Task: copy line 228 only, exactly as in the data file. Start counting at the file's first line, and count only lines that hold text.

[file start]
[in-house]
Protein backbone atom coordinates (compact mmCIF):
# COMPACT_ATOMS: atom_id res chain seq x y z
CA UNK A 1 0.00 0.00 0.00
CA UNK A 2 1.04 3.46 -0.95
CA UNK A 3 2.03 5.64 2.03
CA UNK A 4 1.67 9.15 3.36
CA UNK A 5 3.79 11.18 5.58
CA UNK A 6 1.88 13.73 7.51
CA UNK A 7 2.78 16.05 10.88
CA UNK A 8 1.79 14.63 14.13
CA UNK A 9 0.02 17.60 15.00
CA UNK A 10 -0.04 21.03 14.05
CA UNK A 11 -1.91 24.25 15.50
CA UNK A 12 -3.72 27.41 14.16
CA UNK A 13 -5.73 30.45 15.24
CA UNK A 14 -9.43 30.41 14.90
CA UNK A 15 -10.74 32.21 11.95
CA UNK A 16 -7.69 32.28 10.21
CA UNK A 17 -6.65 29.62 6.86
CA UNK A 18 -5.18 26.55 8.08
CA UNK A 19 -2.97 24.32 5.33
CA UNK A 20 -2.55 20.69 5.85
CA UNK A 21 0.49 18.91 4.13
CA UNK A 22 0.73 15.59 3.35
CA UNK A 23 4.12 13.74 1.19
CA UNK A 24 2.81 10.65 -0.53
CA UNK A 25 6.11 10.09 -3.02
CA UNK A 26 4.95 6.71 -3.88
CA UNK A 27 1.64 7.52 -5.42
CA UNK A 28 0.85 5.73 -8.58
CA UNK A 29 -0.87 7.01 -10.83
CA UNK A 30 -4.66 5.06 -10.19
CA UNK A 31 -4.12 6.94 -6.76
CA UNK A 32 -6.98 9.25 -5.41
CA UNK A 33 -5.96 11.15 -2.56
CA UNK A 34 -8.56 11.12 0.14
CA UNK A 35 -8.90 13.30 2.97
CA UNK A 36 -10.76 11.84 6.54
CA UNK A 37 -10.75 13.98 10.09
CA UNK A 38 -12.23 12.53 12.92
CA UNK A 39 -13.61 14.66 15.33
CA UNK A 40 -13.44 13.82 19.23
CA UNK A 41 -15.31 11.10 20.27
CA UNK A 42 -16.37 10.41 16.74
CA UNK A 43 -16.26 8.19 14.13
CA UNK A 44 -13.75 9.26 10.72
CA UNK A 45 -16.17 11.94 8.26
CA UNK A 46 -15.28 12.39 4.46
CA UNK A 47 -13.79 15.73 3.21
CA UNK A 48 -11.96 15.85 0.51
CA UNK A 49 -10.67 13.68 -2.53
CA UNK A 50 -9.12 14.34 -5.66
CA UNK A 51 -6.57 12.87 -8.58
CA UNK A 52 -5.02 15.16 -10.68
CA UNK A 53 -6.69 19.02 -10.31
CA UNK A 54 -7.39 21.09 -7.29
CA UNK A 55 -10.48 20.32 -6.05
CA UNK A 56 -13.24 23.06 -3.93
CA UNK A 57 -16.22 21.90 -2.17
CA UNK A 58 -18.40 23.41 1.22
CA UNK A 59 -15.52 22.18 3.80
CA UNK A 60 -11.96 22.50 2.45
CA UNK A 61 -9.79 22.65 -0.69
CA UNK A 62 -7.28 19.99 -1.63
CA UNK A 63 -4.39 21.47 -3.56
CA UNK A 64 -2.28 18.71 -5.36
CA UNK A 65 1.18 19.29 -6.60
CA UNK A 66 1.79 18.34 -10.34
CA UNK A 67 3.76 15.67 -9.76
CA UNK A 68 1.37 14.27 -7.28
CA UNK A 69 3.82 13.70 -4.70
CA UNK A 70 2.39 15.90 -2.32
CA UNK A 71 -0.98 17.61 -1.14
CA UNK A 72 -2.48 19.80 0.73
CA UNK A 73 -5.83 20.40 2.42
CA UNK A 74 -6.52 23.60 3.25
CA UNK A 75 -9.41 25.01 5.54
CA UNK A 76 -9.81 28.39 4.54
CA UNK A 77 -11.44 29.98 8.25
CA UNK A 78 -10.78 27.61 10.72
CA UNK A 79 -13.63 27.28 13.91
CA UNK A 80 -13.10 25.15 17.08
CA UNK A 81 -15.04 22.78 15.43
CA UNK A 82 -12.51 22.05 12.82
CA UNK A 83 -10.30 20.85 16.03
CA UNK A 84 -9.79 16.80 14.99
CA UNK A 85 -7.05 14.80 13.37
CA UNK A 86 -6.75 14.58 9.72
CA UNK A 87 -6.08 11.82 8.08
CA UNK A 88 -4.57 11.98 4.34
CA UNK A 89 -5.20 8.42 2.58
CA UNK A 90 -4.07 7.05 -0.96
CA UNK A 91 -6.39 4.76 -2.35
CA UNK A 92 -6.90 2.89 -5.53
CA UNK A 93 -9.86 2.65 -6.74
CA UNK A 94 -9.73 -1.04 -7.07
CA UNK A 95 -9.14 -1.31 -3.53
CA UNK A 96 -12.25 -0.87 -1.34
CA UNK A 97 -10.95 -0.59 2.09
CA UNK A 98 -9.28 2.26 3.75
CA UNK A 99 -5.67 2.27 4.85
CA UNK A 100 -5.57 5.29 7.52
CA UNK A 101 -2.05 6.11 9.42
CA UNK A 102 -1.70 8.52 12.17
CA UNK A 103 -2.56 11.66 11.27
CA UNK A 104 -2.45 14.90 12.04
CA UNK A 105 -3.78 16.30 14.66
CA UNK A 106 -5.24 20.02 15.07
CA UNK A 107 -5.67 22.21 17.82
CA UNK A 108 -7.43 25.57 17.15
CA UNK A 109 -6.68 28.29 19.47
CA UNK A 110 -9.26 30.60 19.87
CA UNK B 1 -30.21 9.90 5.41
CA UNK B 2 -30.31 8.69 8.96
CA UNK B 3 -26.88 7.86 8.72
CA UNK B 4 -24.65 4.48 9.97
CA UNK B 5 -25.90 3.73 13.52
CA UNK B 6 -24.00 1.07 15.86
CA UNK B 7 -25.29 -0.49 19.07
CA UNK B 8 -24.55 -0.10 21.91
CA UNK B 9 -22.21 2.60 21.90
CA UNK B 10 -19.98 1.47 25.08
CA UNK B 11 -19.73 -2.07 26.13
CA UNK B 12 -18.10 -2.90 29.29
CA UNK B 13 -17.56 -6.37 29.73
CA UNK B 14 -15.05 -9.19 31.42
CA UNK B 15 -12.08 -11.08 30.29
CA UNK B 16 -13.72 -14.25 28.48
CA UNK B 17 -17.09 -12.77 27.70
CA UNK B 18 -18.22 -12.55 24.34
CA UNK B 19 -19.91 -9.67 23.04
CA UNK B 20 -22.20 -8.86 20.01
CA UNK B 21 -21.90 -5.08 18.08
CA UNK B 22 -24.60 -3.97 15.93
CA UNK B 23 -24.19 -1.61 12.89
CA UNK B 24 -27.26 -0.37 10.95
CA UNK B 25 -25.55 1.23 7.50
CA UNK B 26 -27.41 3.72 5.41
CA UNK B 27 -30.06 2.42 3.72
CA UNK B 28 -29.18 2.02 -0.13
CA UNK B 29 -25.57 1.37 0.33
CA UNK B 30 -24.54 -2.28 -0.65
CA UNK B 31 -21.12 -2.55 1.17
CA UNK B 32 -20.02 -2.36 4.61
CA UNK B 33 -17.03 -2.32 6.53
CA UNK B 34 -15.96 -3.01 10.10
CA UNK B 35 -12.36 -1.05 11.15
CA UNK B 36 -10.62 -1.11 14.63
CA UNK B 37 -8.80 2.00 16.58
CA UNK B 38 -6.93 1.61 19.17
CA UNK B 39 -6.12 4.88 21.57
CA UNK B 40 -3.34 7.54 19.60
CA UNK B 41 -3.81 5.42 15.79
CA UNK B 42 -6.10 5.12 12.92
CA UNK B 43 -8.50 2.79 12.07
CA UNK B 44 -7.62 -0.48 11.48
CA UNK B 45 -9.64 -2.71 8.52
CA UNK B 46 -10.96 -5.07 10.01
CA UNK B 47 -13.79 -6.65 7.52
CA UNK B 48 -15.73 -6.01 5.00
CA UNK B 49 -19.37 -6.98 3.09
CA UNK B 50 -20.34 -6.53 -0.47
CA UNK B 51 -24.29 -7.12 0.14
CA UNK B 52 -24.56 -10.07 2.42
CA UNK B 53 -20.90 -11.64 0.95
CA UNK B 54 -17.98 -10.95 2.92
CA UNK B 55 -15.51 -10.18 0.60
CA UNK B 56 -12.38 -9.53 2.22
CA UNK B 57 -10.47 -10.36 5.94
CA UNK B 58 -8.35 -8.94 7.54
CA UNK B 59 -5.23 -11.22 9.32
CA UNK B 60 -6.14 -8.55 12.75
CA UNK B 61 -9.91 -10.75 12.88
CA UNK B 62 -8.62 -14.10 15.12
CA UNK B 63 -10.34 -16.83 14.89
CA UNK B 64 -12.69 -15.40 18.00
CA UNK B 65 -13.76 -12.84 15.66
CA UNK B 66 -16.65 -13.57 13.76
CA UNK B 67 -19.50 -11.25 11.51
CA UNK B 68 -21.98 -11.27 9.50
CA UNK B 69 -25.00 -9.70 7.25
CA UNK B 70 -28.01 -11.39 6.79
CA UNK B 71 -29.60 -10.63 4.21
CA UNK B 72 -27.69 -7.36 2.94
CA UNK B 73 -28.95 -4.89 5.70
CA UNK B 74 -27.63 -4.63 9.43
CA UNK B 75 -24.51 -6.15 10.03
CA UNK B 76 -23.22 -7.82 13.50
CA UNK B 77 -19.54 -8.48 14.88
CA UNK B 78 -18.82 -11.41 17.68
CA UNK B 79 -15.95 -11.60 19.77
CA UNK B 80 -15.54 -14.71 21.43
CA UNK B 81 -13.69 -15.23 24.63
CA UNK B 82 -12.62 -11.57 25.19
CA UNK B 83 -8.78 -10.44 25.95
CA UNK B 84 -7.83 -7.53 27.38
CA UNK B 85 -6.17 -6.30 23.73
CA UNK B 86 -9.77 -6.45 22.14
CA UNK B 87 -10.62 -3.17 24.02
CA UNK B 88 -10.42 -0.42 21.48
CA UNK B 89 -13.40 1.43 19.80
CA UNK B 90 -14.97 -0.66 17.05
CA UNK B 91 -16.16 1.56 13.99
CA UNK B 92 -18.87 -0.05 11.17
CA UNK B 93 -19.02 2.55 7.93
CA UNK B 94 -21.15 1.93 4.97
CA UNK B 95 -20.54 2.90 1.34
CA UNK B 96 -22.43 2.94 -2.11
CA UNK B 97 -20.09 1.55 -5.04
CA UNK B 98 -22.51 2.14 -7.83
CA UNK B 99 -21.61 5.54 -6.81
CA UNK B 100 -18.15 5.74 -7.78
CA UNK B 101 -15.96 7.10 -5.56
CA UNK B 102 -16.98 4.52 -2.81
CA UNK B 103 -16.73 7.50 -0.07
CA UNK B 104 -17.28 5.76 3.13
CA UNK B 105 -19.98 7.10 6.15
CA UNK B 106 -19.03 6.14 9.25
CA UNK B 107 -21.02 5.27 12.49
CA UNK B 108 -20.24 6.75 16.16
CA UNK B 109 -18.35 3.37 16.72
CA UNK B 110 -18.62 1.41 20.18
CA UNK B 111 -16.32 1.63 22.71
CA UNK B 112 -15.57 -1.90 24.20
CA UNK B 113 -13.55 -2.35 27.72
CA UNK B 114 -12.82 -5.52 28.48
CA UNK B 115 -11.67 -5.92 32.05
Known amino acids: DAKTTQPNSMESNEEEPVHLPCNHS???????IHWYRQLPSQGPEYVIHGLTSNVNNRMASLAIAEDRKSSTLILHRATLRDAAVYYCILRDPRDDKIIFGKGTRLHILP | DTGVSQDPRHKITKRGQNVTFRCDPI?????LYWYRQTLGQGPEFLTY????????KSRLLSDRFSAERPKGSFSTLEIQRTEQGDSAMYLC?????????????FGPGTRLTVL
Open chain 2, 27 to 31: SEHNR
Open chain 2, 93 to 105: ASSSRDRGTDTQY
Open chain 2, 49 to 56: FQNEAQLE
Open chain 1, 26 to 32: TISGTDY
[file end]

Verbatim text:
CA UNK B 115 -11.67 -5.92 32.05